5. Make a meal plan
Unless you've chosen a destination with meals built in (again, the all-inclusive resorts and cruises may fit into this category), you'll need to think about feeding lots of hungry people. Though you may choose to go out for a meal or two, use flexibility to your advantage by choosing accommodations with a kitchen, so you can prepare many of your own meals. Or hire a catering company (if it fits your reunion budget).
Family gatherings can be wrought with tension and strife, but keep in mind that it is rare for all of you to get together in one place at one time.
Put a committee member in charge of meal planning, but don't let the cooking fall on one person or family. Check in with every family before traveling regarding special dietary needs. Take turns preparing food and cleaning up after each meal.
6. Schedule activities in advance
Though you don't want to plan every minute of every day, don't let your reunion turn into a snooze fest. Plan at least one or two activities that could accommodate most family members every day, such as hiking, golfing, hitting the beach or sledding. Let everybody know how much these activities will cost, bring any necessary items with you that you'll need in order to participate and make reservations if needed in advance. Waiting until you arrive to solidify plans for and with so many people will be nearly impossible.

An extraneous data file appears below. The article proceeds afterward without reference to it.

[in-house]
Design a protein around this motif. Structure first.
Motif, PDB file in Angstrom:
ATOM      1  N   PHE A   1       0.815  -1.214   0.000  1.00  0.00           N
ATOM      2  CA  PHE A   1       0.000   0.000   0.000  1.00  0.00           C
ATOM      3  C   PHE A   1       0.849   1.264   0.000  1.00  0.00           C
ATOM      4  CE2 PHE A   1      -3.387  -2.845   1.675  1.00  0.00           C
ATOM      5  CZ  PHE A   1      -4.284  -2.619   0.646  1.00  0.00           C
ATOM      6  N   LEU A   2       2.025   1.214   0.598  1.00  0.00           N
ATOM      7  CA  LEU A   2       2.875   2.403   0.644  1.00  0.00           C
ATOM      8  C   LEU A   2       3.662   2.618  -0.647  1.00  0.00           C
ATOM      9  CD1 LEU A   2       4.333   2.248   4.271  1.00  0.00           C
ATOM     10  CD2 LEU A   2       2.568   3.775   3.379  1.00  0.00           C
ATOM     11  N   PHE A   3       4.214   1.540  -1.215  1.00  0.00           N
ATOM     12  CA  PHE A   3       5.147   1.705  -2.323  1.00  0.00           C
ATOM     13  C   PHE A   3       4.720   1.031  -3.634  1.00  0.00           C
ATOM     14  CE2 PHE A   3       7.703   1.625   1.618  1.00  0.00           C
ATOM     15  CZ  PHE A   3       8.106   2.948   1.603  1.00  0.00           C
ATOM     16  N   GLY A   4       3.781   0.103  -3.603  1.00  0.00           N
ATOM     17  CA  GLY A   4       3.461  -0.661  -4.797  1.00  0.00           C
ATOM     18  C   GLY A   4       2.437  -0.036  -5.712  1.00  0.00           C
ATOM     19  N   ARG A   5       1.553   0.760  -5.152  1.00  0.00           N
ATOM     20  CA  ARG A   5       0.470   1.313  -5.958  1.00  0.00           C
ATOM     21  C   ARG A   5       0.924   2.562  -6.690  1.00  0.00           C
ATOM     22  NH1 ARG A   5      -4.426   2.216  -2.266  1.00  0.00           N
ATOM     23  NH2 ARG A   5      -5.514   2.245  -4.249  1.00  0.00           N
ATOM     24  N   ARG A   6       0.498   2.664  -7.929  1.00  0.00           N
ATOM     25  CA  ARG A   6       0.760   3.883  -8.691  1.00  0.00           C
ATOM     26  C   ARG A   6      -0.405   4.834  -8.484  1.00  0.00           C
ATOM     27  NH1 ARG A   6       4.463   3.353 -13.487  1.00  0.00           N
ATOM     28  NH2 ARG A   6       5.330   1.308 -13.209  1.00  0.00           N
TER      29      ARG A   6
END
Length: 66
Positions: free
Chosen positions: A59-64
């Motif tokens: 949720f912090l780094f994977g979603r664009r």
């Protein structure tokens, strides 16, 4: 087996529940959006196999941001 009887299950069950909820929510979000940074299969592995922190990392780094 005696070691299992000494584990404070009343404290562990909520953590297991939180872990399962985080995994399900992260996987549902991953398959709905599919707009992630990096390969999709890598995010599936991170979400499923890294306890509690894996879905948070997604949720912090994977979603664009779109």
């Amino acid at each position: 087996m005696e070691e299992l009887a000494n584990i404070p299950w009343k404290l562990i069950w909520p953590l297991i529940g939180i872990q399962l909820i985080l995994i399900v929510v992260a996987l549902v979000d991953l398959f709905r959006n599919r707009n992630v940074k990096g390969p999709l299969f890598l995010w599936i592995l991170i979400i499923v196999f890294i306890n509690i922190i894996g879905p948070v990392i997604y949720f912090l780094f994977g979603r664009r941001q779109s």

That said, don't over-plan your reunion either. Leave downtime for small group activities, one-on-one time and plenty of casual encounters for everyone to catch up with each other. Make sure there are diversions for the kids and teenagers as well as the adults once all the little ones have been tucked in for the night.
You may get so caught up planning trip details that you forget commonplace reunion traditions. Even though you're traveling, you can still send everyone home with a gift. Order T-shirts, hats or other family-branded gear early in the planning stages.
Encourage people to bring their favorite photo albums and home videos, and don't forget to have a group photo taken when you're all together. Consider putting someone on the planning committee in charge of creating a digital photo album that everyone can take home as a souvenir.
8. Forgive and forget
Family gatherings can be wrought with tension and strife, but keep in mind that it is rare for all of you to get together in one place at one time. Try to set aside your differences for the duration of your trip and focus on the positive aspects of being together. If necessary, agree to disagree in advance of the reunion.
If there is that particular cousin or uncle who drives you mad, take advantage of the planned activities to mix and mingle with everyone and avoid prolonged periods of time with this single person.
Once the family reunion has come to an end, and everyone has gone home, keep the memories fresh. Start a Facebook group (or something similar) to share photos and stories. And, of course, it's never too early to start kicking around ideas for your next family reunion getaway.